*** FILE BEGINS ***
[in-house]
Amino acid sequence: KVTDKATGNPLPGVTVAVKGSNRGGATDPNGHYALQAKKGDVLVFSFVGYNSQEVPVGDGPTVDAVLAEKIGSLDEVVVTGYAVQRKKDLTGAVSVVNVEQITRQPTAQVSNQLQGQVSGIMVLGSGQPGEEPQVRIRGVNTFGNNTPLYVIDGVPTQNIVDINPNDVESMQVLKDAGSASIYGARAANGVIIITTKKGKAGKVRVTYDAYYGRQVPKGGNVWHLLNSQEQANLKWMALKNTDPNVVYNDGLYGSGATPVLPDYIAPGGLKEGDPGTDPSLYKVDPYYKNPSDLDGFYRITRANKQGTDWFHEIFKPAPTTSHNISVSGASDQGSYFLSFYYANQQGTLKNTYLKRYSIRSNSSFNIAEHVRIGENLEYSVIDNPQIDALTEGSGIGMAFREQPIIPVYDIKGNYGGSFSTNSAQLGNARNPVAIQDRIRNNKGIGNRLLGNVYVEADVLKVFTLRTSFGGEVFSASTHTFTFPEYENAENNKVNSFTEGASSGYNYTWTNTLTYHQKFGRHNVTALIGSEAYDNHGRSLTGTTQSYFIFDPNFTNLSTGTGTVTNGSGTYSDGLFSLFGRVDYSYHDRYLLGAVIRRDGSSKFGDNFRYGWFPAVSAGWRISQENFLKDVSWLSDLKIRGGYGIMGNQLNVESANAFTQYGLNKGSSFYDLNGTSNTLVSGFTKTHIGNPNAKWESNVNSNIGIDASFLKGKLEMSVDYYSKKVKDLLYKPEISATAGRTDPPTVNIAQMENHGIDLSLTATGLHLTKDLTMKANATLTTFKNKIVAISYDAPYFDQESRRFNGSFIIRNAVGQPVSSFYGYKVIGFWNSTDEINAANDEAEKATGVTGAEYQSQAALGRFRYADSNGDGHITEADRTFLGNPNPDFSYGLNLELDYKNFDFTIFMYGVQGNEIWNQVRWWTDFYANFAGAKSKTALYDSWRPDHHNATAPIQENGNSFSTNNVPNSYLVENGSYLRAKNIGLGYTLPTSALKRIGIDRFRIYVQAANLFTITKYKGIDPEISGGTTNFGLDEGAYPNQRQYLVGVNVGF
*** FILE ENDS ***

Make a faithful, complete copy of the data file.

[in-house]
Amino acid sequence: KVTDKATGNPLPGVTVAVKGSNRGGATDPNGHYALQAKKGDVLVFSFVGYNSQEVPVGDGPTVDAVLAEKIGSLDEVVVTGYAVQRKKDLTGAVSVVNVEQITRQPTAQVSNQLQGQVSGIMVLGSGQPGEEPQVRIRGVNTFGNNTPLYVIDGVPTQNIVDINPNDVESMQVLKDAGSASIYGARAANGVIIITTKKGKAGKVRVTYDAYYGRQVPKGGNVWHLLNSQEQANLKWMALKNTDPNVVYNDGLYGSGATPVLPDYIAPGGLKEGDPGTDPSLYKVDPYYKNPSDLDGFYRITRANKQGTDWFHEIFKPAPTTSHNISVSGASDQGSYFLSFYYANQQGTLKNTYLKRYSIRSNSSFNIAEHVRIGENLEYSVIDNPQIDALTEGSGIGMAFREQPIIPVYDIKGNYGGSFSTNSAQLGNARNPVAIQDRIRNNKGIGNRLLGNVYVEADVLKVFTLRTSFGGEVFSASTHTFTFPEYENAENNKVNSFTEGASSGYNYTWTNTLTYHQKFGRHNVTALIGSEAYDNHGRSLTGTTQSYFIFDPNFTNLSTGTGTVTNGSGTYSDGLFSLFGRVDYSYHDRYLLGAVIRRDGSSKFGDNFRYGWFPAVSAGWRISQENFLKDVSWLSDLKIRGGYGIMGNQLNVESANAFTQYGLNKGSSFYDLNGTSNTLVSGFTKTHIGNPNAKWESNVNSNIGIDASFLKGKLEMSVDYYSKKVKDLLYKPEISATAGRTDPPTVNIAQMENHGIDLSLTATGLHLTKDLTMKANATLTTFKNKIVAISYDAPYFDQESRRFNGSFIIRNAVGQPVSSFYGYKVIGFWNSTDEINAANDEAEKATGVTGAEYQSQAALGRFRYADSNGDGHITEADRTFLGNPNPDFSYGLNLELDYKNFDFTIFMYGVQGNEIWNQVRWWTDFYANFAGAKSKTALYDSWRPDHHNATAPIQENGNSFSTNNVPNSYLVENGSYLRAKNIGLGYTLPTSALKRIGIDRFRIYVQAANLFTITKYKGIDPEISGGTTNFGLDEGAYPNQRQYLVGVNVGF